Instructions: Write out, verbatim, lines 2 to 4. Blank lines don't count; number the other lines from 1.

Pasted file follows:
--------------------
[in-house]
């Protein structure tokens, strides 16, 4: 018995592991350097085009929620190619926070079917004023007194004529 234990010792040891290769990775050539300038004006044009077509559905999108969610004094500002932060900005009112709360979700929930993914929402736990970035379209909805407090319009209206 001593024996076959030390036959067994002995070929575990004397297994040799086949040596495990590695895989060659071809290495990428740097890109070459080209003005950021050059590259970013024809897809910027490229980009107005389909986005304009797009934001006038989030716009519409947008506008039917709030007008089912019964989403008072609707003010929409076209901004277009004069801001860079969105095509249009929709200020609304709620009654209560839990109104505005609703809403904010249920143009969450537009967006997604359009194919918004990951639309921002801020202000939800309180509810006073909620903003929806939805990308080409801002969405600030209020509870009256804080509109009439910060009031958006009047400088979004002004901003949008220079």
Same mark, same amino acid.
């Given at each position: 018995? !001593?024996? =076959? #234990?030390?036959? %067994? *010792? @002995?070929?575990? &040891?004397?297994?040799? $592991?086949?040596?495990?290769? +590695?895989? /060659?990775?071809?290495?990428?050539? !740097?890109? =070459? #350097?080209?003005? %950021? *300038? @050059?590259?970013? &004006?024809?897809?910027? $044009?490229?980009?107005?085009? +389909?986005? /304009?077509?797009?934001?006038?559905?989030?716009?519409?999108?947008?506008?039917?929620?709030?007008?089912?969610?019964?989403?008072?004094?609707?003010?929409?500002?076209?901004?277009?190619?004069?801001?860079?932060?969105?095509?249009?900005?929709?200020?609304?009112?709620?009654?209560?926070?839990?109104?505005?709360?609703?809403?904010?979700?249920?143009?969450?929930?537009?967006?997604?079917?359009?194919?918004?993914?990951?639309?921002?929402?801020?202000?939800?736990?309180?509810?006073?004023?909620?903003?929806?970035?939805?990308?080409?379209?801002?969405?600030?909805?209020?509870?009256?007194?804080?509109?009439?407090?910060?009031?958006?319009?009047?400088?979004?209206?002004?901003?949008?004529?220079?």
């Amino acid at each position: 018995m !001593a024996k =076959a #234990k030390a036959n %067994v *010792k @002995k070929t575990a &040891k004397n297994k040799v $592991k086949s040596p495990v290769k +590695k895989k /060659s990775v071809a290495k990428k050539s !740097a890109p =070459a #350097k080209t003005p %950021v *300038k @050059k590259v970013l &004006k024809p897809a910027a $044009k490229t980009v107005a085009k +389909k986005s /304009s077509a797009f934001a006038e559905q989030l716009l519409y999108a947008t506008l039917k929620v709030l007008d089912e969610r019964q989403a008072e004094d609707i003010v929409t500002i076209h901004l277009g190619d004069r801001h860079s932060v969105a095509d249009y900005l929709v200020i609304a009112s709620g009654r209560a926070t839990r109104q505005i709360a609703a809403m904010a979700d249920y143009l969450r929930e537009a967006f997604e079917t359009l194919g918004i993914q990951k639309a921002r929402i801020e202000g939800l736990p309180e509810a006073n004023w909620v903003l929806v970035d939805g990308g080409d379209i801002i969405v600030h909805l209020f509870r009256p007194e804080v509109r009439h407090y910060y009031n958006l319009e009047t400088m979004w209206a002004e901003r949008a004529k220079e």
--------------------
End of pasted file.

């Protein structure tokens, strides 16, 4: 018995592991350097085009929620190619926070079917004023007194004529 234990010792040891290769990775050539300038004006044009077509559905999108969610004094500002932060900005009112709360979700929930993914929402736990970035379209909805407090319009209206 001593024996076959030390036959067994002995070929575990004397297994040799086949040596495990590695895989060659071809290495990428740097890109070459080209003005950021050059590259970013024809897809910027490229980009107005389909986005304009797009934001006038989030716009519409947008506008039917709030007008089912019964989403008072609707003010929409076209901004277009004069801001860079969105095509249009929709200020609304709620009654209560839990109104505005609703809403904010249920143009969450537009967006997604359009194919918004990951639309921002801020202000939800309180509810006073909620903003929806939805990308080409801002969405600030209020509870009256804080509109009439910060009031958006009047400088979004002004901003949008220079």
Same mark, same amino acid.
């Given at each position: 018995? !001593?024996? =076959? #234990?030390?036959? %067994? *010792? @002995?070929?575990? &040891?004397?297994?040799? $592991?086949?040596?495990?290769? +590695?895989? /060659?990775?071809?290495?990428?050539? !740097?890109? =070459? #350097?080209?003005? %950021? *300038? @050059?590259?970013? &004006?024809?897809?910027? $044009?490229?980009?107005?085009? +389909?986005? /304009?077509?797009?934001?006038?559905?989030?716009?519409?999108?947008?506008?039917?929620?709030?007008?089912?969610?019964?989403?008072?004094?609707?003010?929409?500002?076209?901004?277009?190619?004069?801001?860079?932060?969105?095509?249009?900005?929709?200020?609304?009112?709620?009654?209560?926070?839990?109104?505005?709360?609703?809403?904010?979700?249920?143009?969450?929930?537009?967006?997604?079917?359009?194919?918004?993914?990951?639309?921002?929402?801020?202000?939800?736990?309180?509810?006073?004023?909620?903003?929806?970035?939805?990308?080409?379209?801002?969405?600030?909805?209020?509870?009256?007194?804080?509109?009439?407090?910060?009031?958006?319009?009047?400088?979004?209206?002004?901003?949008?004529?220079?």